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Gut Microbes. 2010 Nov-Dec;1(6):436-9. doi: 10.4161/gmic.1.6.13610.

Current level of consensus on probiotic science--report of an expert meeting--London, 23 November 2009.

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Department of Food and Nutritional Sciences, University of Reading, UK.


The present paper summarizes the consensus views of a group of 9 European clinicians and scientists on the current state of scientific knowledge on probiotics, covering those areas where there is substantial evidence for beneficial effects and those where the evidence base is poor or inconsistent. There was general agreement that probiotic effects were species and often strain specific. The experts agreed that some probiotics were effective in reducing the incidence and duration of rotavirus diarrhoea in infants, antibiotic-associated diarrhoea in adults and, for certain probiotics, Clostridium difficile infections. Some probiotics are associated with symptomatic improvements in irritable bowel syndrome and alleviation of digestive discomfort. Probiotics can reduce the frequency and severity of necrotizing enterocolitis in premature infants and have been shown to regulate intestinal immunity. Several other clinical effects of probiotics, including their role in inflammatory bowel disease, atopic dermatitis, respiratory or genito-urinary infections or H.pylori adjuvant treatment were thought promising but inconsistent.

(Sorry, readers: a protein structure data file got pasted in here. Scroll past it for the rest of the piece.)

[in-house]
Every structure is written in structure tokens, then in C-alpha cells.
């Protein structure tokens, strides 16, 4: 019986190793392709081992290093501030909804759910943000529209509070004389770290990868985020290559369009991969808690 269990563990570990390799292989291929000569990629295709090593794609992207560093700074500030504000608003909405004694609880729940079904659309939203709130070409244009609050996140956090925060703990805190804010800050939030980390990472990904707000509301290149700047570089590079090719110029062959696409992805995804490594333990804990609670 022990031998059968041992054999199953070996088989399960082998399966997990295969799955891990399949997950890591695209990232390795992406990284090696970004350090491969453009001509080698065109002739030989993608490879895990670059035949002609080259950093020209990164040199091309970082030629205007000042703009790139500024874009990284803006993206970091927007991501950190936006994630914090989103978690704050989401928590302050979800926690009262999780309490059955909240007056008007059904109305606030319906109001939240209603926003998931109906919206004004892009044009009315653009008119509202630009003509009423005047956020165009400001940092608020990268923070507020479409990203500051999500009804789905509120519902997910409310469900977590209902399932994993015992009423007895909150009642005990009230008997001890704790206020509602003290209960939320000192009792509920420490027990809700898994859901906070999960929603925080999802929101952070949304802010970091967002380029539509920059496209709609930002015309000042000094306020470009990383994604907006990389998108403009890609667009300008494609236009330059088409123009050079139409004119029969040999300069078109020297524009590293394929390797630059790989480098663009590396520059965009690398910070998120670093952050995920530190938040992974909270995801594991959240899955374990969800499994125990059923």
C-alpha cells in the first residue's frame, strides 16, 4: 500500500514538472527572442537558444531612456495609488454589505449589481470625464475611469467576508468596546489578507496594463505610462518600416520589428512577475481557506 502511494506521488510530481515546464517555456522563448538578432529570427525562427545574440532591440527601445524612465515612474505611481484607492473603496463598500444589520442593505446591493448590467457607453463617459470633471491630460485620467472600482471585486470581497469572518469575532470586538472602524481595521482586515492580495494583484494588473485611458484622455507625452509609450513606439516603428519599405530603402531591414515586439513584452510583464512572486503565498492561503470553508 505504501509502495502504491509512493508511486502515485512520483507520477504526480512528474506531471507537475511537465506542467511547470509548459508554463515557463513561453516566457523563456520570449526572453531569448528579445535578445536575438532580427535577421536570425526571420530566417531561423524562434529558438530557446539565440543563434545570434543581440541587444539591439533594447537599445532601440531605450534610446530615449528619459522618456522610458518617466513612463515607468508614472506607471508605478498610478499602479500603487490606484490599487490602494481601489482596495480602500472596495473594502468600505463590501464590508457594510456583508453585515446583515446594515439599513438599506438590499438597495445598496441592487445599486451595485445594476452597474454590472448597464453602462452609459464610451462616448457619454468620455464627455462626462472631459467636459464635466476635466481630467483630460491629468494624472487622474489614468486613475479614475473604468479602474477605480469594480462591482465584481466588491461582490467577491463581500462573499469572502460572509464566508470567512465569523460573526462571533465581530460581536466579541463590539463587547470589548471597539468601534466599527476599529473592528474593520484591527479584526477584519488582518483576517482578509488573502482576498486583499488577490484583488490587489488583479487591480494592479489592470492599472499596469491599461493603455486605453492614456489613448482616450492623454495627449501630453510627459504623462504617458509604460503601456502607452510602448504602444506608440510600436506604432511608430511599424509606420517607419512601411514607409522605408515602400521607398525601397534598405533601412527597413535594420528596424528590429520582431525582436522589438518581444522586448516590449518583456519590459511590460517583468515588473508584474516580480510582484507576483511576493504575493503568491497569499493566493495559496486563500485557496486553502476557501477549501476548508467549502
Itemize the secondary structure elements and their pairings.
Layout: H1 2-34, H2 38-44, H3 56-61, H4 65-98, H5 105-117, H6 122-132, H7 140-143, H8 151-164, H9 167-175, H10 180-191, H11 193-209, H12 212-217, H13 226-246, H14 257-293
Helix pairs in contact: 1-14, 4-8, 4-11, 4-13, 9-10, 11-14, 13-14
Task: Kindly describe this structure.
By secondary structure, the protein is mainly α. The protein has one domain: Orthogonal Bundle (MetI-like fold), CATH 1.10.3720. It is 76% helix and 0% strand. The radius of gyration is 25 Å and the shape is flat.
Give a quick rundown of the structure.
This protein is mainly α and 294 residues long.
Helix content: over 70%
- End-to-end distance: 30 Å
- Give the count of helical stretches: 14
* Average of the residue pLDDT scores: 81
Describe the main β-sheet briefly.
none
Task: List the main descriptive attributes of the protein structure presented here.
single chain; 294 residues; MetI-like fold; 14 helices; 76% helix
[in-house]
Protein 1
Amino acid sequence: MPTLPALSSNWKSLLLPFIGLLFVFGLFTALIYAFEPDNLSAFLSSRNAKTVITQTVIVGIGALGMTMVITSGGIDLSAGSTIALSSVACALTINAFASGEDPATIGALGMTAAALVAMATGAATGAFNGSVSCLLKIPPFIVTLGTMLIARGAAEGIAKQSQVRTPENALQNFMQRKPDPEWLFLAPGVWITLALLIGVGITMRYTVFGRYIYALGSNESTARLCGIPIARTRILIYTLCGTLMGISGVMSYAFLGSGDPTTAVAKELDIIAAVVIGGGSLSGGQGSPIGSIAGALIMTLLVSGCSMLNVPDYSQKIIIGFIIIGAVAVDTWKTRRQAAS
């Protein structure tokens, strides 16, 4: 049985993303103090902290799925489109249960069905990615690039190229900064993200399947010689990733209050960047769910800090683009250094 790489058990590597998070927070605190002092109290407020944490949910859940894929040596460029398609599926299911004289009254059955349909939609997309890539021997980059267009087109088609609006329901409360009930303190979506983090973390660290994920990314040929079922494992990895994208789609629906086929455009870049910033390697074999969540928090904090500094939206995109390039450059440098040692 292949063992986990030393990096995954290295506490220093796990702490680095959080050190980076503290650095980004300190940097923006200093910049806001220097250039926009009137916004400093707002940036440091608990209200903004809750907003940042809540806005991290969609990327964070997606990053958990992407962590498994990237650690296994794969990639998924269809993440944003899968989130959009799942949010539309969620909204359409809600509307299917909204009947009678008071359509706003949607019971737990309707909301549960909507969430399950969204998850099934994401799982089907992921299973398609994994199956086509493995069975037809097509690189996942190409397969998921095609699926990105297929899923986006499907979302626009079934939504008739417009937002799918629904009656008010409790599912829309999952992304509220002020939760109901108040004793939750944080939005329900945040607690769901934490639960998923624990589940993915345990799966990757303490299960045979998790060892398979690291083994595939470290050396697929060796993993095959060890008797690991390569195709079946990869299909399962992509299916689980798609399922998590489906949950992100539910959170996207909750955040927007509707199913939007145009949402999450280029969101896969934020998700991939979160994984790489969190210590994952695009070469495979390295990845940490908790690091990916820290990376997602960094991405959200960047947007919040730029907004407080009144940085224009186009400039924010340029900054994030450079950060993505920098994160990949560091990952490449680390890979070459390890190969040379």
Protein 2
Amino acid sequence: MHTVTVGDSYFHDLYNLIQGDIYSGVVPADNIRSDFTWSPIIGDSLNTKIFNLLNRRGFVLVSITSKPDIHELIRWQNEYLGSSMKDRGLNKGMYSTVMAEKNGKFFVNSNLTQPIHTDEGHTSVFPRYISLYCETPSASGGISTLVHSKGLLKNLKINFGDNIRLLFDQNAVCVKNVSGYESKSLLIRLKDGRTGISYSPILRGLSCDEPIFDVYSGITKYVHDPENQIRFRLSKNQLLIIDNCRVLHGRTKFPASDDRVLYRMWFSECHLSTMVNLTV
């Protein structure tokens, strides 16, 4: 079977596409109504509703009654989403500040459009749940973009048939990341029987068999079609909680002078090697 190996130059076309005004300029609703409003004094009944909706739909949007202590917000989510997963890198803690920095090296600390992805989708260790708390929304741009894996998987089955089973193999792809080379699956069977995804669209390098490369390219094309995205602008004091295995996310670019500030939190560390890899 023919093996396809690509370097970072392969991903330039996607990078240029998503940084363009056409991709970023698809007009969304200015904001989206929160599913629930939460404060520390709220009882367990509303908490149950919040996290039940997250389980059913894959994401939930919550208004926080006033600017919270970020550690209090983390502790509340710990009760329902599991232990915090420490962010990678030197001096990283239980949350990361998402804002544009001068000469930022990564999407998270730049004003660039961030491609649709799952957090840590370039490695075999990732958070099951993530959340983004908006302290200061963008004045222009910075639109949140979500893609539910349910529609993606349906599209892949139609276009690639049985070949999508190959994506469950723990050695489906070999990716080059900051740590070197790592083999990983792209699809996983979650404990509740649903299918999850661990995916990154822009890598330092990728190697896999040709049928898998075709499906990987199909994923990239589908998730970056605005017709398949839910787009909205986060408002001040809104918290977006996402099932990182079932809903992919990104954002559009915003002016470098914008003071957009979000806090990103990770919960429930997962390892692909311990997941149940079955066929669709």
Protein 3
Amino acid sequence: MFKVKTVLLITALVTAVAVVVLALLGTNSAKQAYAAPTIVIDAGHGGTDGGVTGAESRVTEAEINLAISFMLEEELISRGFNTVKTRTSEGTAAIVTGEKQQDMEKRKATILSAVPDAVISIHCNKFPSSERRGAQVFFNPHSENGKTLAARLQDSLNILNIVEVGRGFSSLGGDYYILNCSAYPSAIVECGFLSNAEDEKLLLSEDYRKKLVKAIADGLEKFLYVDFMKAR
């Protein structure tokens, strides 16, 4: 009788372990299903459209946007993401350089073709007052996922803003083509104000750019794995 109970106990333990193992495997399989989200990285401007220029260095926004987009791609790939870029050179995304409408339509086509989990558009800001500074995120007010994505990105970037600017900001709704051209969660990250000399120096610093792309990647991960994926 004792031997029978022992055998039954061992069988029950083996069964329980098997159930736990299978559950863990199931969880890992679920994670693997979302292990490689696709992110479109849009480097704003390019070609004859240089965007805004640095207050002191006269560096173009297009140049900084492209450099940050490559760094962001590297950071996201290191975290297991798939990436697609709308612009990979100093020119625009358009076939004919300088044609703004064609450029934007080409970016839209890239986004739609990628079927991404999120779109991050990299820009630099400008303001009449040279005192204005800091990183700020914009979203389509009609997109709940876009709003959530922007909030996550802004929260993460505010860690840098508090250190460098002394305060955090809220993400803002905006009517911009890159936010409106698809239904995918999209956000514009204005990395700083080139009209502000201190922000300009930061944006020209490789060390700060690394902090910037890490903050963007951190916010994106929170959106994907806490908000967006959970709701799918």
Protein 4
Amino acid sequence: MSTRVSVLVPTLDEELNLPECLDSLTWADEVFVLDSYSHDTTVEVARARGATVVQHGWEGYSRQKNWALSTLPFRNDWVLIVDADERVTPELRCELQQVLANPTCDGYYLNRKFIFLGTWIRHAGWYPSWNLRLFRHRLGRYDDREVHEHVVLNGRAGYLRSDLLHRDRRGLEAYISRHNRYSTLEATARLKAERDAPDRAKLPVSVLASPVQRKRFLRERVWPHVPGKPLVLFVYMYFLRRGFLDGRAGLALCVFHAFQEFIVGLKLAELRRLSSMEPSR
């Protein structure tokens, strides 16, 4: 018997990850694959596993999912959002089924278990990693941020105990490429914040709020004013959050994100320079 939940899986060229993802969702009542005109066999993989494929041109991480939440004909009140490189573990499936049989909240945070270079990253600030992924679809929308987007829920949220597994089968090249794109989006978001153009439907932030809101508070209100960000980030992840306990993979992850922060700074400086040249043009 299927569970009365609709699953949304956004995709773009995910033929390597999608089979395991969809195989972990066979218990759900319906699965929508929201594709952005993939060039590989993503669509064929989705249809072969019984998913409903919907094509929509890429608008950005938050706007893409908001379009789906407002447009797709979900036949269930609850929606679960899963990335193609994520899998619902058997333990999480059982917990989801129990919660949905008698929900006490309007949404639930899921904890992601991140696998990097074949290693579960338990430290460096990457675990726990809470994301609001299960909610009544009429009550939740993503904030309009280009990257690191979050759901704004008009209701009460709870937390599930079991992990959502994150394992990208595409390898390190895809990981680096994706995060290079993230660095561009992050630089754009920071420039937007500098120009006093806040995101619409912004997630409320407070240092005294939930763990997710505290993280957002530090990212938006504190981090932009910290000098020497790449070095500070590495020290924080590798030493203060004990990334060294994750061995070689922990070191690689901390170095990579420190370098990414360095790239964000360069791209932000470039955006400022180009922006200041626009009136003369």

diarrhea; expert consensus; gut immunity; gut microbiota; inflammatory bowel diseases; irritable bowel syndrome; probiotics; strain specificity

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